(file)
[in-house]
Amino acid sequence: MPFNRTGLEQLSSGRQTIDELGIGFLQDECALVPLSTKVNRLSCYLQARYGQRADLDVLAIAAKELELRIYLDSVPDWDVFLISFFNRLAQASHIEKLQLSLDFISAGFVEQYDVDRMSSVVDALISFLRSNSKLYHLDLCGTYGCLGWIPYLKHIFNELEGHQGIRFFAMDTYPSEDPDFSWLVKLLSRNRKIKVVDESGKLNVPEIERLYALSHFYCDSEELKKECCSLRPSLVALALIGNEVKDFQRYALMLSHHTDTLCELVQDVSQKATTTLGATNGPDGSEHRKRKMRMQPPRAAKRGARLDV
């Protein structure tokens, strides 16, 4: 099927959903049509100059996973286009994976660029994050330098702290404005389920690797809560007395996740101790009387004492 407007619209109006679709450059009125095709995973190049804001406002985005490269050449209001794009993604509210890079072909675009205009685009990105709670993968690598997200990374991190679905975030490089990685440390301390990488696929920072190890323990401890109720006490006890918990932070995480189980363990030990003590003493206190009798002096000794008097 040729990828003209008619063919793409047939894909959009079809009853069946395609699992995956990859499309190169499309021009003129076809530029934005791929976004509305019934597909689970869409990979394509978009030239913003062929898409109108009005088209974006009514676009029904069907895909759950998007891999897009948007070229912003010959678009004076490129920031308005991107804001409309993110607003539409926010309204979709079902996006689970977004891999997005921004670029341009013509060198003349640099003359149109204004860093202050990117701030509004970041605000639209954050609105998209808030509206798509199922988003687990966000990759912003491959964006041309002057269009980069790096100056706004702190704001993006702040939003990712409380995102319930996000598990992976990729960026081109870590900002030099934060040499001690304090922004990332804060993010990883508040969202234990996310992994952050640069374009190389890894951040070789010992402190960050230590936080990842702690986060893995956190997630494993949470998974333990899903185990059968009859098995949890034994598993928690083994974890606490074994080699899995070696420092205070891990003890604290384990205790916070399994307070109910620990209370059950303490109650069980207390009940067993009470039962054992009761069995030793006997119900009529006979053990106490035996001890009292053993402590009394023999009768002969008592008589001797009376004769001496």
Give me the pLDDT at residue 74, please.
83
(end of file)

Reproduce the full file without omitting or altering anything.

[in-house]
Amino acid sequence: MPFNRTGLEQLSSGRQTIDELGIGFLQDECALVPLSTKVNRLSCYLQARYGQRADLDVLAIAAKELELRIYLDSVPDWDVFLISFFNRLAQASHIEKLQLSLDFISAGFVEQYDVDRMSSVVDALISFLRSNSKLYHLDLCGTYGCLGWIPYLKHIFNELEGHQGIRFFAMDTYPSEDPDFSWLVKLLSRNRKIKVVDESGKLNVPEIERLYALSHFYCDSEELKKECCSLRPSLVALALIGNEVKDFQRYALMLSHHTDTLCELVQDVSQKATTTLGATNGPDGSEHRKRKMRMQPPRAAKRGARLDV
């Protein structure tokens, strides 16, 4: 099927959903049509100059996973286009994976660029994050330098702290404005389920690797809560007395996740101790009387004492 407007619209109006679709450059009125095709995973190049804001406002985005490269050449209001794009993604509210890079072909675009205009685009990105709670993968690598997200990374991190679905975030490089990685440390301390990488696929920072190890323990401890109720006490006890918990932070995480189980363990030990003590003493206190009798002096000794008097 040729990828003209008619063919793409047939894909959009079809009853069946395609699992995956990859499309190169499309021009003129076809530029934005791929976004509305019934597909689970869409990979394509978009030239913003062929898409109108009005088209974006009514676009029904069907895909759950998007891999897009948007070229912003010959678009004076490129920031308005991107804001409309993110607003539409926010309204979709079902996006689970977004891999997005921004670029341009013509060198003349640099003359149109204004860093202050990117701030509004970041605000639209954050609105998209808030509206798509199922988003687990966000990759912003491959964006041309002057269009980069790096100056706004702190704001993006702040939003990712409380995102319930996000598990992976990729960026081109870590900002030099934060040499001690304090922004990332804060993010990883508040969202234990996310992994952050640069374009190389890894951040070789010992402190960050230590936080990842702690986060893995956190997630494993949470998974333990899903185990059968009859098995949890034994598993928690083994974890606490074994080699899995070696420092205070891990003890604290384990205790916070399994307070109910620990209370059950303490109650069980207390009940067993009470039962054992009761069995030793006997119900009529006979053990106490035996001890009292053993402590009394023999009768002969008592008589001797009376004769001496």
Give me the pLDDT at residue 74, please.
83